Matthew Courtney 16:07
Sure. Yeah, policy certainly can be intimidating. And, and thank you for your passion for mental health and student emotional well being. That’s also an area that I’m very passionate about, and do a lot of personal advocacy for. So you asked specifically about the state board and what my state is doing. So let’s start there. So the best place you can start is really your State Board of Education website, every state board of education in the United States has one. And they post meeting agendas and minutes. And a lot of times now, especially post COVID videos of meetings. And so I would encourage all of your listeners to visit your State Board of Education website to look at recent agendas and see what the conversation is about to look at those meeting minutes and see, did they take action on items, and then to kind of fast forward in those meeting videos to the elements that are most important to you, in my experience as both an advocate and a policymaker, those state board of education meetings and other kinds of meetings, so your legislative education committee meetings and places like that are a really untapped source of information for both educators and advocates.

Matthew Courtney 17:19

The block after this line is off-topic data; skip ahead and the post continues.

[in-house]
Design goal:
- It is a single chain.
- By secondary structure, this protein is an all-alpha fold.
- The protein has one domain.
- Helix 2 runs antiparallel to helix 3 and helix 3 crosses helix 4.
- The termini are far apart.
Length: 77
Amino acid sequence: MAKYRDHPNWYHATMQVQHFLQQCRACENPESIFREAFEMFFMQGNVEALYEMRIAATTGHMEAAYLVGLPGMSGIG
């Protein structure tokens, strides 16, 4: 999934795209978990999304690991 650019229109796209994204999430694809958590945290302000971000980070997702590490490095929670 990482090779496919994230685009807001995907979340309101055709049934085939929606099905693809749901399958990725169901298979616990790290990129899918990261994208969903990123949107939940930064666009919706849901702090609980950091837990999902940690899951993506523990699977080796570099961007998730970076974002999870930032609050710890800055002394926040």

But they’re kind of tricky, right? There’s a special kind of meeting, there’s a lot of rules and to how those meetings play. And so you kind of have to watch them and attend them on a regular basis. To understand the flow. One of the things that I always do, in my state, we’re lucky to have almost every meeting recorded on video. And so I kind of treat them like a podcast. And when I have a long drive, when I’m cleaning the house, I pop that meeting in and listen to it while I’m doing other things. That helps me be a little more efficient with my time, but also to hear the conversation and to see where that conversation is going. Then once you’re kind of comfortable with sort of that environment. The next step is to advocate early and often. So think about if we think about are our issues on a scale of like one to 10 one, meaning I’m not paying any attention, I don’t care about that thing to 10, I’m gonna like like my hair on fire, this is the most important thing in my life, right? Start with those issues that are like levels three and four things that you care about, but not things that are going to consume your whole life and your whole emotional mental state during the advocacy period.

Matthew Courtney 18:25
And here’s why I suggest that you have to learn the processes and the steps, you have to learn to be comfortable in that environment, you have to learn to talk to a legislature and build relationships with them. And if you start with those level three or four things, things that you care about, but not things that are going to be all consuming. When you do have a level 10 issue that comes up, you’re going to be prepared, you’re going to have established rapport, you’re gonna know what the process is, you’re going to know who to call to schedule the meeting, you’re going to know how to write that letter or submit that public comment on a bill or a regulation draft. And it’s going to make the process much more seamless, much less emotionally charged, and more effective ultimately, in the end.